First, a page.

What those novel payment models do is to shift the risk on health outcomes from payers to providers and to introduce more accountability in the system. With providers becoming more accountable, they will seek means to engage patients more effectively, to deliver care more cost effectively, and to continuously monitor patients to collect the evidence of the improved health outcomes they generated. It is this shift in the system that will most likely generate the most sizeable commercial opportunities for consumer digital health products and services.

Implications for Consumer Digital Health Entrepreneurs

There are many implications out of those few observations, Consumer Digital Health entrepreneurs should therefore consider:

First, having a good understanding of the business of healthcare, how the sector is evolving and where commercial opportunities will emerge over the next 3 to 5 years as the result of some of the systemic shits currently happening is critical to success. Introducing innovative and game chaining technology coupled with a clear understanding of how those innovations can be bolted on the changing healthcare system is paramount. Now, this is nothing different from the approach Apple followed when it introduced the iPod and the iPhone. Steve Jobs and his team showed insane skills at introducing game changing technologies while bolting them on top of the respective industries they targeted (music publishing for the iPod, and wireless carriers for the iPhone). Note than when Apple had game-changing technology (Apple TV) without a sense of how it would fit in the existing market structure (the cable TV industry), it called it an “experiment” and refrained from going big on it.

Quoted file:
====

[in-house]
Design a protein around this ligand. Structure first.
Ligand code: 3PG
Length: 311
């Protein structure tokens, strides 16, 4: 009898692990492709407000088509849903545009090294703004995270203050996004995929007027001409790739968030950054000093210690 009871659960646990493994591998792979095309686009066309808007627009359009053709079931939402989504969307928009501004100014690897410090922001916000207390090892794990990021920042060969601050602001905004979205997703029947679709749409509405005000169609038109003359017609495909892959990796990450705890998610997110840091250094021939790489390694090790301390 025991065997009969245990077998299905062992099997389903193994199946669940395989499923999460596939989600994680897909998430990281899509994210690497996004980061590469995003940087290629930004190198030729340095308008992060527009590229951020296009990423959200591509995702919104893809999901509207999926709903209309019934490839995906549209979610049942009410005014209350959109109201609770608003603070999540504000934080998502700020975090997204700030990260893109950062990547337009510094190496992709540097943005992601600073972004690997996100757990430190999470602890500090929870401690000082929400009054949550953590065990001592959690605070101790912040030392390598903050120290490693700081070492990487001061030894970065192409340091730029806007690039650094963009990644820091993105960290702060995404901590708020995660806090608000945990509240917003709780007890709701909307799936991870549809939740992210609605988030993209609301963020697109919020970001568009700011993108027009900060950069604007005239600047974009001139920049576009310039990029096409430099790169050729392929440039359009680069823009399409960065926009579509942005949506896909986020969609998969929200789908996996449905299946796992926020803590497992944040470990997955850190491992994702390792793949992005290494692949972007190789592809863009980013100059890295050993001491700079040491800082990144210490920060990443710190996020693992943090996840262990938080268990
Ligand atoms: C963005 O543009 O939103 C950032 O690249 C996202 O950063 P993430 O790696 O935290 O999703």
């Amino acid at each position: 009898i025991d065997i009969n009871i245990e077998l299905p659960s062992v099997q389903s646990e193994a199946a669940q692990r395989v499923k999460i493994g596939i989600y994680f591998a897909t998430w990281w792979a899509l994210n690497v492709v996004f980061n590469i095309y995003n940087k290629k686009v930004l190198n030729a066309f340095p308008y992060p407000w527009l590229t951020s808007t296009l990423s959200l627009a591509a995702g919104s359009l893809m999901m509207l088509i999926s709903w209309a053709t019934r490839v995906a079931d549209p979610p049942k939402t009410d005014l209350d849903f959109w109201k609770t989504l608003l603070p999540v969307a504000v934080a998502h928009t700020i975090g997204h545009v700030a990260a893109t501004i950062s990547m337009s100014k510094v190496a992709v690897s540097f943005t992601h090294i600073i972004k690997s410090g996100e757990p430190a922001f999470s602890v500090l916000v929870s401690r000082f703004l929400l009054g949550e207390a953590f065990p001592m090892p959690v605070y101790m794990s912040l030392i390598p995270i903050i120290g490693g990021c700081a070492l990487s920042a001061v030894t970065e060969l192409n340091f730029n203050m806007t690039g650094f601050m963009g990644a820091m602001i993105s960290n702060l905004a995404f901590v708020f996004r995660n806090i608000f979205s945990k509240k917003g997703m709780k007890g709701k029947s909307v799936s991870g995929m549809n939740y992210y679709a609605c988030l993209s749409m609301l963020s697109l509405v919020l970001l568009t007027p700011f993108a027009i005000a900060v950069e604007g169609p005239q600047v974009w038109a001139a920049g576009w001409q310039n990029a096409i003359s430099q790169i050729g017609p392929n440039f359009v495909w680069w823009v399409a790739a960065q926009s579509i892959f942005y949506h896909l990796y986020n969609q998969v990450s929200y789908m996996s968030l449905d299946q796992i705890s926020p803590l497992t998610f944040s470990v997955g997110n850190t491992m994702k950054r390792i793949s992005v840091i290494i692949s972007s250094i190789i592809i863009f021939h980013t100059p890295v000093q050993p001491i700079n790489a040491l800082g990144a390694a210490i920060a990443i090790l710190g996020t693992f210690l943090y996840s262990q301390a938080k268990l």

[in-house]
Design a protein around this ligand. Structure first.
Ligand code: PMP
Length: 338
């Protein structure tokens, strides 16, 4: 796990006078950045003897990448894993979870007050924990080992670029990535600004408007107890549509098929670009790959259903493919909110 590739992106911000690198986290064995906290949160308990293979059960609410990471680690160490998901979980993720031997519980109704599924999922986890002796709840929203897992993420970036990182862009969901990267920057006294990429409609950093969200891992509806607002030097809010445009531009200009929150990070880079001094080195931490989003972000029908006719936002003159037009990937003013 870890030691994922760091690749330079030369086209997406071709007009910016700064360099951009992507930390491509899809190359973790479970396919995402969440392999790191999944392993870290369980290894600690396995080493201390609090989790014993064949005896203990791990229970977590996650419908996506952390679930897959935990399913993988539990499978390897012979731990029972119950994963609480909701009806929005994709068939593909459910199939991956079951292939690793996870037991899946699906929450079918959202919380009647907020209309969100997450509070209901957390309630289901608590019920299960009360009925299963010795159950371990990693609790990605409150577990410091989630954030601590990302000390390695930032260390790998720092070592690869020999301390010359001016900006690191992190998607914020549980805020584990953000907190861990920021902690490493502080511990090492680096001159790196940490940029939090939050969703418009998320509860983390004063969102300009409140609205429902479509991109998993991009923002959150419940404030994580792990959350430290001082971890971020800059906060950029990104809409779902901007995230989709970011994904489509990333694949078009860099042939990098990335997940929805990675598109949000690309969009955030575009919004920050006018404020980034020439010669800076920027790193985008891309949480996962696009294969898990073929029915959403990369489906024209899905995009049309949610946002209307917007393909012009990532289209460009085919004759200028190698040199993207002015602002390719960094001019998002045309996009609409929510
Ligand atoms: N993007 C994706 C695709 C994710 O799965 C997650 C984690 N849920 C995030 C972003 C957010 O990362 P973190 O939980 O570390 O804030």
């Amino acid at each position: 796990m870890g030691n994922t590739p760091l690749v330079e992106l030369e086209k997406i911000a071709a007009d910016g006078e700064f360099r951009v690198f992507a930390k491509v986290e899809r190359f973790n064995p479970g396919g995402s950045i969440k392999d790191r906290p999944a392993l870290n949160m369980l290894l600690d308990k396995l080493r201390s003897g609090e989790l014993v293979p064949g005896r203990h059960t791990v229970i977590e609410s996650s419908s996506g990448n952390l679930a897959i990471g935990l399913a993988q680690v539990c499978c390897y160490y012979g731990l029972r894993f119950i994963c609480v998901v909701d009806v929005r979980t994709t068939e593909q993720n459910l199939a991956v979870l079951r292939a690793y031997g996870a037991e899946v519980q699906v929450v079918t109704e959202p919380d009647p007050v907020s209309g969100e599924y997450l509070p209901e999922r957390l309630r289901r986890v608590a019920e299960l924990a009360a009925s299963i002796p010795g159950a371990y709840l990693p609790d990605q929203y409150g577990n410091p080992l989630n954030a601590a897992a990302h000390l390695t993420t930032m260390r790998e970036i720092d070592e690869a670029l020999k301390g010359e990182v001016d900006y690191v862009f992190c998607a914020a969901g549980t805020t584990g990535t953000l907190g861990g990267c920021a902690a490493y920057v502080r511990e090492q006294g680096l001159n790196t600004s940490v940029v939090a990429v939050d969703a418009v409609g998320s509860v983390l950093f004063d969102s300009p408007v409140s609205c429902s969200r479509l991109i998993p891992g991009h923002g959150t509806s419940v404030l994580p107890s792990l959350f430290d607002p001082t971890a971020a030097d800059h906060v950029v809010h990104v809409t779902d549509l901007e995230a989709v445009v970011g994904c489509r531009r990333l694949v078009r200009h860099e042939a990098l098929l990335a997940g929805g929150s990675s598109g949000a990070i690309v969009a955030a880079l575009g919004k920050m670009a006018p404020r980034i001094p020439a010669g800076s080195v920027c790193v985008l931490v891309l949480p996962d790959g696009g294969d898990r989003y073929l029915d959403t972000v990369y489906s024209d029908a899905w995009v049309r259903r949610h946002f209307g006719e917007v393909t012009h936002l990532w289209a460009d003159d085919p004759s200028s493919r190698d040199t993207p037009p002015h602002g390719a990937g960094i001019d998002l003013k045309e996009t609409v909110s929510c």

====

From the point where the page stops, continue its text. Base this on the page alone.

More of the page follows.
An implication of this first point is that every Consumer Digital Health entrepreneurs should make themselves scholar of the healthcare system, in its current state and anticipated evolutions. If you don’t have such an understanding already and are not interested in learning it, then quickly bring someone in your team that does and make him or her, the business person. Luckily here, as large healthcare incumbents are being shaken by the changes in the industry, a growing pool of talented and knowledgable healthcare business professionals is currently looking for career opportunities in next-generation companies. In short, it is a good time to be looking for business talent in Healthcare.

Second, Consumer Digital Health start-ups should learn how to sell to large healthcare accounts (providers, payers, product manufacturers). This will most likely mean knowing how to articulate a value proposition those players can understand in the context of the changing economics of their core business.

Finally, expect your product to be one component of a broader integrated care solution, not a standalone piece. Most likely, your product will just be one part of a more complex system. This certainly poses a big challenge designing a superior business model since entrepreneurs will need to rustle with the inherent tension between the value their component will aim to capture and the value the party they sells to (i.e. the integrator) will try to capture. But if you think how Microsoft and Intel captured most of the value of a PC at the expense of PC manufacturers, there is hope that some bright business minds will figure this one out.

In Conclusion

The Consumer Digital Health space has a lot of potential. There is clearly an opportunity with providing consumers with tools allowing them to take an active role in managing their health. In the near-term and may be with the exception of Health and Wellness niche opportunities, Consumer Digital Health start-ups shouldn’t be looking at consumers to pay for their new products or services. Instead, those start-ups should figure out how to get large healthcare providers and payers to pay for those new tools as a mean to engage the patient, to mitigate risk, to reduce care delivery costs, and to instrument the patient to demonstrate better outcomes.

This requires Consumer Digital Health entrepreneurs to take a fresh look at their approach and business model. For those who do, the economic benefit they will enjoy and the impact they make to society will be well worth the effort.

Frederic Zussa (@fzussa), OnDigitalHealth.com